Information about how to resolve a dispute with your neighbour about trees, hedges and overhanging branches

Trees include any woody perennial plant and any plant resembling a tree in form and size. Bamboo, tiger grass/giant clumping grass and any plant that is a vine are recognised as a tree.

A hedge is defined as two or more trees over 2.5 metres high (above ground level) that are planted together to form a hedge.

For more information, see Trees and plants.

You are responsible to maintain trees on your property. 

If a tree from a neighbour’s land is causing damage to your property, or you are concerned that there is a risk of injury to a person, you should speak to your neighbour and seek advice from an arborist to assess the tree.

If a neighbour’s tree has caused damage to your property, you should:

  • take photos of the damage
  • speak to your neighbour
  • get a report from an arborist
  • get a written quote for repairs.

If you can’t reach an agreement with your neighbour through negotiation or mediation at Community Justice Centres, an application can be made to the Land and Environment Court for an order to have the tree removed, maintained or compensation paid for the damage. 

If your neighbour’s tree fell on your property during a storm, you neighbour may not be responsible for the damage unless they were aware that the tree was in a dangerous condition. 

If you are insured, you will need to check your Product Disclosure Statement (PDS) to see if you are covered.

If your neighbour’s tree has overhanging branches, you should speak to your neighbour and check with your local council before cutting back to the boundary.

Some trees are protected species and subject to a Tree Preservation Order. This means you need permission from your local council before you cut back the branches. If you are not sure, check with your Local Council first. You can be fined if you interfere with a protected tree.

Do not enter your neighbour’s land without their permission or damage the tree.

If your neighbour's tree is dropping leaves, flowers, seeds or fruit and this is causing a problem, you should speak to your neighbour to see if you can reach an agreement. If you need help negotiating with your neighbour, you can try mediation at Community Justice Centres. The Court is unlikely to make an order about dropping leaves, flowers, seeds or fruit unless it causes damage to property or likely to cause injury to a person.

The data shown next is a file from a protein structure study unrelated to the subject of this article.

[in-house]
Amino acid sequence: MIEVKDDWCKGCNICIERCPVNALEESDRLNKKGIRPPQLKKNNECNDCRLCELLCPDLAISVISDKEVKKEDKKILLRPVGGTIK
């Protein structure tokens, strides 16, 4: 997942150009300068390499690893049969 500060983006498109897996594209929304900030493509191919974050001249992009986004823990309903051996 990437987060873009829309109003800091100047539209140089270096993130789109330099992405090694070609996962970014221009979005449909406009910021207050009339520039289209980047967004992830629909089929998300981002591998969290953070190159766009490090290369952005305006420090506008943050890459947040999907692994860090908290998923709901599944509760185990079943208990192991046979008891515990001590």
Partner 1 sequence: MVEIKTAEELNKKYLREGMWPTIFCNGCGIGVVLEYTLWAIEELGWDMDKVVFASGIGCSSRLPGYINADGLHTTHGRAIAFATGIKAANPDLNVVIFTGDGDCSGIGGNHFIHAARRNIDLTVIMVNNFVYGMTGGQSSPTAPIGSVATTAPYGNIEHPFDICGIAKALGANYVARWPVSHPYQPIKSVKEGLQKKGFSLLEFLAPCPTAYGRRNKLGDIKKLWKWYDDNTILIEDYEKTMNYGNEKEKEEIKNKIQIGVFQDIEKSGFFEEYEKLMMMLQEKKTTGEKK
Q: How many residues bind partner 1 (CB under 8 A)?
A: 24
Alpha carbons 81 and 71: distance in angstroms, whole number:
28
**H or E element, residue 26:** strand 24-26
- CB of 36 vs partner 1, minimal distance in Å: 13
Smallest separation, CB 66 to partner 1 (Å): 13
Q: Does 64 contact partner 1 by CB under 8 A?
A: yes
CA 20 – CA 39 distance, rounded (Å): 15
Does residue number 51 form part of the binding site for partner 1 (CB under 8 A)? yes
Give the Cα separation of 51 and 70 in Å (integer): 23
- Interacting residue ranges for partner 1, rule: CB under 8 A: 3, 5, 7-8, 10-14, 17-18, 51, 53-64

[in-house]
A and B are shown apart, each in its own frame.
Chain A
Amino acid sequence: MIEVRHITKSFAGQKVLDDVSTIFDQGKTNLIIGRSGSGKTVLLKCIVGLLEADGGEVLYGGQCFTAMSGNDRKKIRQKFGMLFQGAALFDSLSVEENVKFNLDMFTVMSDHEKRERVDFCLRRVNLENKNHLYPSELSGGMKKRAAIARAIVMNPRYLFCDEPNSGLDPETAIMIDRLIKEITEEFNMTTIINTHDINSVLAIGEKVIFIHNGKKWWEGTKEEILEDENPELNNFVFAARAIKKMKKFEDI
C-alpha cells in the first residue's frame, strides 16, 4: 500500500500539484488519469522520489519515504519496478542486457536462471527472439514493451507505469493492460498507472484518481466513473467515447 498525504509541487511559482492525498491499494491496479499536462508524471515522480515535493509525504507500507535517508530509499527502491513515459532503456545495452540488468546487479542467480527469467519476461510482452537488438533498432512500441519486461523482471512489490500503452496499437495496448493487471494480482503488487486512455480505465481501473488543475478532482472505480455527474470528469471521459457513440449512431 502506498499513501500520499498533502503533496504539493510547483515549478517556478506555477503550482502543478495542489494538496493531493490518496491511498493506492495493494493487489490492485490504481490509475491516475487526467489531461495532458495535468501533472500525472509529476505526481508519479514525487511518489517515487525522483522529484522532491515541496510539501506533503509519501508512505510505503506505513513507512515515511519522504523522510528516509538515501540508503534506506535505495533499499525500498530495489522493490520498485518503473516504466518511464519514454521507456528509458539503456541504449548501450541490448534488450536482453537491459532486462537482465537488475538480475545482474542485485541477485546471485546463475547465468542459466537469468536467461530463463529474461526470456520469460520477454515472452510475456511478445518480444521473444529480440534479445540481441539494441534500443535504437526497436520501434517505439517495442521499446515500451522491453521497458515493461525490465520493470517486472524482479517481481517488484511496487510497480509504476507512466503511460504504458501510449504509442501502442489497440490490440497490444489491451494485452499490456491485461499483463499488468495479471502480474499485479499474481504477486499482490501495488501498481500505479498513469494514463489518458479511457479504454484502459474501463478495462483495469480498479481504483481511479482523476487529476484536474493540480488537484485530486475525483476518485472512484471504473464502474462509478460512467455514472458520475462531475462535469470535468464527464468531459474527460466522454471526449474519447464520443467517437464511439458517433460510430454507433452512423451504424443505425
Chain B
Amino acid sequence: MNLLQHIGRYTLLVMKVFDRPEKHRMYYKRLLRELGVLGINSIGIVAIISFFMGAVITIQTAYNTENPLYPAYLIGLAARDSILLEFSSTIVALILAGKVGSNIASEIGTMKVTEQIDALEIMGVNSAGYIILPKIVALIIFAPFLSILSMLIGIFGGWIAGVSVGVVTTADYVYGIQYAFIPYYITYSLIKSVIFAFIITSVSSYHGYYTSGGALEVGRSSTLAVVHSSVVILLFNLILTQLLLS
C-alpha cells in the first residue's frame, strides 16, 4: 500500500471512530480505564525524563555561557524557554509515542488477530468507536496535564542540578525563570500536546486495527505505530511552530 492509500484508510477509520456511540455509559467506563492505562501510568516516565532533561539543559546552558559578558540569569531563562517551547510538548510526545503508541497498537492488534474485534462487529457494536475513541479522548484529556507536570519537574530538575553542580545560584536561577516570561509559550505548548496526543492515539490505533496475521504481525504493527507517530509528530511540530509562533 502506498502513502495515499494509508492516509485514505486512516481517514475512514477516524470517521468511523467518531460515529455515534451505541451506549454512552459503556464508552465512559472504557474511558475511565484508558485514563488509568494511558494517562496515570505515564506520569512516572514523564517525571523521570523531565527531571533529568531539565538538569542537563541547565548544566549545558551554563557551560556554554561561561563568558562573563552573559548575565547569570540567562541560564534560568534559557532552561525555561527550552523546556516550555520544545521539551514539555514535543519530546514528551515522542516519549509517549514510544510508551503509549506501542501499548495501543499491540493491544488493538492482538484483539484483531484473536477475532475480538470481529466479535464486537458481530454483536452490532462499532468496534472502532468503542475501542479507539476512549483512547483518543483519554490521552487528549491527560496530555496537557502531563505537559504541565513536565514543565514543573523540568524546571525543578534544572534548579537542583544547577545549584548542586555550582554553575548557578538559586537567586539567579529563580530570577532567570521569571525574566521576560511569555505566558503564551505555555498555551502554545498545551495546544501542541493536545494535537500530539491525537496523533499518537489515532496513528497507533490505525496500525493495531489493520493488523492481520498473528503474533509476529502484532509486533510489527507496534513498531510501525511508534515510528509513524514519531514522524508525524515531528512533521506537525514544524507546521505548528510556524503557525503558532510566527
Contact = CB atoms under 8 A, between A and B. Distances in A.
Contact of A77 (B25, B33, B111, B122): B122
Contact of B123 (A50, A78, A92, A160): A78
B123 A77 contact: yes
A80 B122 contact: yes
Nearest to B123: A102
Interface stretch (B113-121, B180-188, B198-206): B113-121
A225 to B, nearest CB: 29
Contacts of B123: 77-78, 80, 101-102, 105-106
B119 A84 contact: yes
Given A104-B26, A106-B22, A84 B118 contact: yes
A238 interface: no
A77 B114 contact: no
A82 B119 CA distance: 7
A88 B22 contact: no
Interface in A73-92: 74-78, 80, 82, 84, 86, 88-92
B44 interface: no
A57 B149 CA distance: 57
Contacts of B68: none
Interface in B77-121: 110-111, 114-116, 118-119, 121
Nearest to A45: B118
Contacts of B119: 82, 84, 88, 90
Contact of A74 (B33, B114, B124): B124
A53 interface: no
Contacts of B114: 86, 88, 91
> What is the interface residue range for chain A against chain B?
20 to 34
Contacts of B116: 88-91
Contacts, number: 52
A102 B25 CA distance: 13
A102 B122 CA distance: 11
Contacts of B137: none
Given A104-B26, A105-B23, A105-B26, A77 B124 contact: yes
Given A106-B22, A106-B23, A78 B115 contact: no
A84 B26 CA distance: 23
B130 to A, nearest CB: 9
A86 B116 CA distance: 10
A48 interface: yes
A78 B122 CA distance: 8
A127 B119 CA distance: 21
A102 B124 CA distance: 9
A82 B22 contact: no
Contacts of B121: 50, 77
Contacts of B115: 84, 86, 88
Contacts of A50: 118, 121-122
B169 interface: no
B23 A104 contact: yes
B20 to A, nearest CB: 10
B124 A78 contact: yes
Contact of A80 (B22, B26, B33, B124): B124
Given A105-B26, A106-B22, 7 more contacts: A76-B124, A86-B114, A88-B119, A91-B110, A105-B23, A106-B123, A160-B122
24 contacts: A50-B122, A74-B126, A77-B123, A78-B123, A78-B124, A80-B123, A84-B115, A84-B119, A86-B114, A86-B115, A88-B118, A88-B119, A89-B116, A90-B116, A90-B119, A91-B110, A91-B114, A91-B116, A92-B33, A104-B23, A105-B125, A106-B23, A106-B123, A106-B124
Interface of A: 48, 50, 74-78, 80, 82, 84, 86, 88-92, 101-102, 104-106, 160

Some trees or hedges can block sunlight or water views. 

You should speak to your neighbour first and try free mediation at Community Justice Centres.

If you are unable to resolve your dispute with your neighbour, you can apply to the Land and Environment Court for an order. 

Before you apply to the Court, you should get a shade diagram from an expert to support your claim. You will need to show that the tree is severely obstructing the sun or the view. 

If you live in an area close to the bush, there ​are certain areas that have been identified as 10/50 vegetation clearing entitlement areas. This means the area may be affected by bushfires.

You are allowed to:

  • clear trees on your property that are within 10 metres of your home, without seeking approval

  • clear underlying vegetation (other than trees) such as shrubs on your property within 50 metres of a home, without seeking approval. 

You can Check if you’re in a 10/50 area.

You are not allowed to clear your neighbour’s land. 

The Land and Environment Court of NSW can make orders to:

  • remedy, restrain or prevent a neighbour’s tree from causing damage to a property
  • prevent injury to a person
  • remedy, restrain or prevent a neighbour’s high hedge from severely obstructing sunlight or view from their home.

A stamped copy of the application must be served on the neighbour and the local council at least 21 days before the preliminary hearing. The neighbour can respond by filing a Notice of Appearance with the Court.

You need supporting documents such as photos, videos, diagrams and expert reports from arborists. 

Before considering an application, you should speak to a private lawyer about your situation and if it is worth starting a claim. 

  • Time Limit

    Time Limit

    The time limit to apply for a claim for compensation for damage to property is six years from the date of the damage.

    There are no time limits to apply to the Land and Environment Court of NSW unless you are applying for compensation.